My new electric car. I’m in love.

Friends, family, and co-workers have had it up to here. They’ve been listening to me for weeks. I’m like Shakespeare, but without language skills. I wax absolutely un-poetic. I can’t stop going on about it: my good fortune, its good mileage. My fellow salespeople roll their eyes dramatically when they hear me telling yet another customer about my Nissan Leaf.

“It’s all electric!” I gush. “No tailpipe. No gas!”

“None?” my customers ask politely.

“None!” I croon.

“There she goes again,” my co-workers mutter.

I can’t help myself. This is a huge deal for me. I’ve wanted an electric car for, oh, ten years, and this is the first time I’ve been able to afford one. Used to be, in order to buy an EV you had to have the extra $2500 to install a charging station at your house. Now that’s no longer required. My car–my beautiful roadster–charges from a regular extension cord run (OK, rather unglamorously) out of our garage. Plug it in just like it’s a lamp. The next day–presto!–a full charge. Which, admittedly, only gets you 85 miles, but that’s far enough for my needs. And much farther than any lamp I’ve met.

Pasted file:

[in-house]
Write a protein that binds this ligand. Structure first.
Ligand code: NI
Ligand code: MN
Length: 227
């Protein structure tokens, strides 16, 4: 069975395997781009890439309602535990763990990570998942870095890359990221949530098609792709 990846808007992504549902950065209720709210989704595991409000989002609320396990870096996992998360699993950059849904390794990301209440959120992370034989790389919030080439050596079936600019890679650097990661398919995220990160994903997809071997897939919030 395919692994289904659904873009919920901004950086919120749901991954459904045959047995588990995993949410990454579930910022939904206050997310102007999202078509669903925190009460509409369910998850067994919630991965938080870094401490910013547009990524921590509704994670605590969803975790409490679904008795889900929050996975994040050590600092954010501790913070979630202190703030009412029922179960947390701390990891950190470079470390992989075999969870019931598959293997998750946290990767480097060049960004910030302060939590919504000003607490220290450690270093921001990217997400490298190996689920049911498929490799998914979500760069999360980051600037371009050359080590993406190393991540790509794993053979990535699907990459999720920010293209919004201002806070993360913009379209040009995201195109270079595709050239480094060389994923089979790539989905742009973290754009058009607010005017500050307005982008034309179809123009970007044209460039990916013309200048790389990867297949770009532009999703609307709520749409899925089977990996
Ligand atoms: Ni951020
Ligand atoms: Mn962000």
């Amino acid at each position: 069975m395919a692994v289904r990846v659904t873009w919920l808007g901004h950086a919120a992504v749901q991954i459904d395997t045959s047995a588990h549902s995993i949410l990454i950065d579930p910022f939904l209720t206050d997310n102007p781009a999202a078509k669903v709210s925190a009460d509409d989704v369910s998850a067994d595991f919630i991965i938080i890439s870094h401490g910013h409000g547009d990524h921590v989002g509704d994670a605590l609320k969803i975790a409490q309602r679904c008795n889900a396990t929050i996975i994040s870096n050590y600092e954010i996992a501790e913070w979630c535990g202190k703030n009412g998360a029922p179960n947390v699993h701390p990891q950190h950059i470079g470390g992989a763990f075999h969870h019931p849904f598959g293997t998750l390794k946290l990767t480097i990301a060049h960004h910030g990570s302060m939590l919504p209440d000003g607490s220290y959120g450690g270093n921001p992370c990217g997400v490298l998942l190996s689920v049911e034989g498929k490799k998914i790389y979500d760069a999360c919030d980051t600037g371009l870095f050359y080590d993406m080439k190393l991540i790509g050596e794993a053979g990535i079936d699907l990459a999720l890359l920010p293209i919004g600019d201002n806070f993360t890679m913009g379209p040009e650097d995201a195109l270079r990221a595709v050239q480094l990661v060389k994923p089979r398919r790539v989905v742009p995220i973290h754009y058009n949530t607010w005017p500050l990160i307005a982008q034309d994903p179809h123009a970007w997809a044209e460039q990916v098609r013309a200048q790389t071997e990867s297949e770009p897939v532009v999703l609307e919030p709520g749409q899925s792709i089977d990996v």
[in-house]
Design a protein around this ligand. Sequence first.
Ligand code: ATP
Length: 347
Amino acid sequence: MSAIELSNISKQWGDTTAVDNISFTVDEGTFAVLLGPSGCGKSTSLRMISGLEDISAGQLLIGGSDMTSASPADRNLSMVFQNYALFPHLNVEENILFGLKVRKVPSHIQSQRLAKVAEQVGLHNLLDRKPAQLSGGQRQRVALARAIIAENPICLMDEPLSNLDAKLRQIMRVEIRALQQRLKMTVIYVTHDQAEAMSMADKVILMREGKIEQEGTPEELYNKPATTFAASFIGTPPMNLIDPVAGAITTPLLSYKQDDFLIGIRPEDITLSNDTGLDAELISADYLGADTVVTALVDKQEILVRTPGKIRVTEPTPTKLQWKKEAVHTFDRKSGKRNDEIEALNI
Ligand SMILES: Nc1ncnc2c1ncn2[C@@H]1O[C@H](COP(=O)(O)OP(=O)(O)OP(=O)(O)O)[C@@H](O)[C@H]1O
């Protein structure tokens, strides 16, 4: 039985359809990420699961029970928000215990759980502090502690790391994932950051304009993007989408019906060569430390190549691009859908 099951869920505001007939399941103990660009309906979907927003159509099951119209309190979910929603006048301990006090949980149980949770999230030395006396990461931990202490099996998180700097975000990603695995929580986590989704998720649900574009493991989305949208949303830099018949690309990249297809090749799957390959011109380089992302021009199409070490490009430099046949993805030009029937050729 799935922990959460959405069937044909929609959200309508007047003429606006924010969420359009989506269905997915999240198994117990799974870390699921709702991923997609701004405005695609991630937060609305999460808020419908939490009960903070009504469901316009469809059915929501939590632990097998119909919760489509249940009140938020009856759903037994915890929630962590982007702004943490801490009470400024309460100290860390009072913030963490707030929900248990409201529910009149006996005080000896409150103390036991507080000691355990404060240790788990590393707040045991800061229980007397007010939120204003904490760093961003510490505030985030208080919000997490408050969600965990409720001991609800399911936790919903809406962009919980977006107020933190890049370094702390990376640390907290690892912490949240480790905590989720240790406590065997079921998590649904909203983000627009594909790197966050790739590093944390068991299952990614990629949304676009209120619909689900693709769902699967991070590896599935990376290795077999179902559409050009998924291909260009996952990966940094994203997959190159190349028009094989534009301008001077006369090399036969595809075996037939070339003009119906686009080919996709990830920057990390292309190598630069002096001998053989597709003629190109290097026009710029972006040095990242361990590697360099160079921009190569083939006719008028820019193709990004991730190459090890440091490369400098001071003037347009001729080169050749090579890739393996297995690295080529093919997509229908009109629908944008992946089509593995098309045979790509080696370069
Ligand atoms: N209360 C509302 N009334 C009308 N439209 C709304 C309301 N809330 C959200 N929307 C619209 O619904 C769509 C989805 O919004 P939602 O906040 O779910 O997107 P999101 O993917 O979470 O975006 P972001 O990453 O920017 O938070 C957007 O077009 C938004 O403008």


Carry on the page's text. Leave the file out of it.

Here’s what I love: the sound it makes (none), the emissions it puts out (repeat the former), the $2500 I’ll be receiving back next month from the state of CA, the little digital song it plays when I turn it on (“ding ding ding ding DONG”), and the heated seats. Which are, of course, an unnecessary drain on the battery, but provide such profound comfort that–hell, if it comes down to it? I’ll walk.

Anyway. It’s just a car. But with news about climate change growing so dire you don’t want to read it after 8PM (for fear of wrecking your night’s sleep) it’s a little bit more than that. It’s a statement. It’s a gesture of hope. It’s a source of encouragement.